It’s disappointing, to say the least, when a client fails to pay you what they owe, but it happens to everyone eventually, and it’s important to be prepared in terms of how you react. Stay calm – you might be angry, but you mustn’t let that cloud your judgment. Stay professional – you’re a creditor,Read More
It’s disappointing, to say the least, when a client fails to pay you what they owe, but it happens to everyone eventually, and it’s important to be prepared in terms of how you react.
Stay calm – you might be angry, but you mustn’t let that cloud your judgment.
Stay professional – you’re a creditor, but you’re (usually) not a debt recovery company and you’re almost certainly not a court, so don’t be tempted to send letters disguised as communications from either of those organisations.
Stay determined – it might take a few firm reminders to make your debtor sit up and listen, and you’re not allowed to harass them, but determination, persistence and a reasonable amount of ongoing communication is key.
In terms of the letter you send, here are a few things to keep in mind:
- Be Formal
Late payment and non-payment are no jokes, so even if the client is a long-term customer, be formal in your reminder letters – the change in tone of voice alone might be enough to open their eyes to the severity of the situation.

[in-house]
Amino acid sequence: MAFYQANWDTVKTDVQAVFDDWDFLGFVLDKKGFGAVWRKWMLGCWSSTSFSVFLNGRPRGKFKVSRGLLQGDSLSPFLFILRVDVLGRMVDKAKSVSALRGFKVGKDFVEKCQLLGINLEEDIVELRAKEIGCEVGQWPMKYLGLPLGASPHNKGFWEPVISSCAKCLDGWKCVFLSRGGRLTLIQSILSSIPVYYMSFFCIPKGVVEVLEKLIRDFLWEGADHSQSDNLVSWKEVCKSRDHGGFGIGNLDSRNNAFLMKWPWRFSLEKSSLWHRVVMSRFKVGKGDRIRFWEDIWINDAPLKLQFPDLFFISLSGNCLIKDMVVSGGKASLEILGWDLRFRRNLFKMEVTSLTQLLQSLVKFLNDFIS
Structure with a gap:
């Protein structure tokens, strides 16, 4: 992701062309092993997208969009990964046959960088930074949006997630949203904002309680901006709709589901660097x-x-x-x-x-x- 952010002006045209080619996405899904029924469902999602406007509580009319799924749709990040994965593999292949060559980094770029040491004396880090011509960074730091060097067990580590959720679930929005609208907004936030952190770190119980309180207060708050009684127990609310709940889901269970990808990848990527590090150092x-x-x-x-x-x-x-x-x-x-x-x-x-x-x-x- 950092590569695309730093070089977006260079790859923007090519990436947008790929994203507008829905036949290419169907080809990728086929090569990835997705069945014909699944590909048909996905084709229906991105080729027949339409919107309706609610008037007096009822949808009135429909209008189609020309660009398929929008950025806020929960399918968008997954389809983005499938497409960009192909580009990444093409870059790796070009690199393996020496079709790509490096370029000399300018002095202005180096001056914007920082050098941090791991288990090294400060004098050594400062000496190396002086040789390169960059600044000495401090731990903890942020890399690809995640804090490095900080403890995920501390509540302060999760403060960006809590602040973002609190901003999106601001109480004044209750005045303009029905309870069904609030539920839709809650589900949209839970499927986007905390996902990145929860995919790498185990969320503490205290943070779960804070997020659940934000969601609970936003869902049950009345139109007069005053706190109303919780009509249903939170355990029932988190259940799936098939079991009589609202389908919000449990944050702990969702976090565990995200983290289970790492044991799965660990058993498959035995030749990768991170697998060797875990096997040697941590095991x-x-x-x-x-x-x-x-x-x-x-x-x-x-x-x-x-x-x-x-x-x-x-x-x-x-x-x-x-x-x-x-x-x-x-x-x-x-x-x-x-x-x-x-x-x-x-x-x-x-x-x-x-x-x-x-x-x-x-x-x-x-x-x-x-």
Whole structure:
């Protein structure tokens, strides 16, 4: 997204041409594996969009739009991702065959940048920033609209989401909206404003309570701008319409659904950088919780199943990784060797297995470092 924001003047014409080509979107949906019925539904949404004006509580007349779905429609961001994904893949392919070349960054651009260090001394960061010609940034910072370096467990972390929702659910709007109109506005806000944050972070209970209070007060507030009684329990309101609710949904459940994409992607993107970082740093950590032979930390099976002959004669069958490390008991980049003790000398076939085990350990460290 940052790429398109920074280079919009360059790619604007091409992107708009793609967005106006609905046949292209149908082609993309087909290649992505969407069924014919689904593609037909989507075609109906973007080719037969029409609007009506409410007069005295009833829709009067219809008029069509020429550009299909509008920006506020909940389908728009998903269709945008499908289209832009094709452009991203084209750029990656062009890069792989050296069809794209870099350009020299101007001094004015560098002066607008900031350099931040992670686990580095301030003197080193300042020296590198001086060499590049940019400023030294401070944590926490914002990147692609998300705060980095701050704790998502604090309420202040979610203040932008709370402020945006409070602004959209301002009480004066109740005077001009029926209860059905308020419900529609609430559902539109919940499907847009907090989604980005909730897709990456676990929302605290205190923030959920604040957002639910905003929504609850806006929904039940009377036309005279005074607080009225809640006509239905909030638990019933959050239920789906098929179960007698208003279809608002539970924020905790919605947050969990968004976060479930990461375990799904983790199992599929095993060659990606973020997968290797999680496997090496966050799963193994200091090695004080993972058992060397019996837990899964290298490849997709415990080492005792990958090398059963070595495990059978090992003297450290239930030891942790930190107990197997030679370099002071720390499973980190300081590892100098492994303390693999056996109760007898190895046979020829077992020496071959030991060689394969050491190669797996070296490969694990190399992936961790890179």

It’s not just tone of voice though, it’s also the content of your letter itself, so set out what is owed, when the deadline was, any terms and conditions that were agreed to before the work was carried out, and what sanctions will be taken if payment is not made immediately.
- Set a Deadline
It’s hard to ignore an ultimatum, so don’t just say “I will consider further action” – say “I will take further action on this date” and set a clear deadline for full and final payment.
You need to be prepared to stick to this by referring to a debt collector or making a money claim through the relevant online and real-world court services, but if the debt is worth chasing, then it’s worth taking full action to recover it.
- Write to the MD
Finally, if you’re getting no response from the accounts department, go over their heads, as far up the chain of command as you can reach; it’s usually possible to search online and find out the directors and chief executives of UK-registered companies.
Remember, you should not use social networks as a medium to pursue unpaid debts, so make sure it’s a real letter, on paper, sent to a senior executive at the company’s registered office – when that lands on their desk on Monday morning, they should be jolted into the new working week whether they’ve had their morning coffee yet or not.
If you would like help in writing this letter or would like to talk to a member of our team about debt recovery, please call 0808 252 5156.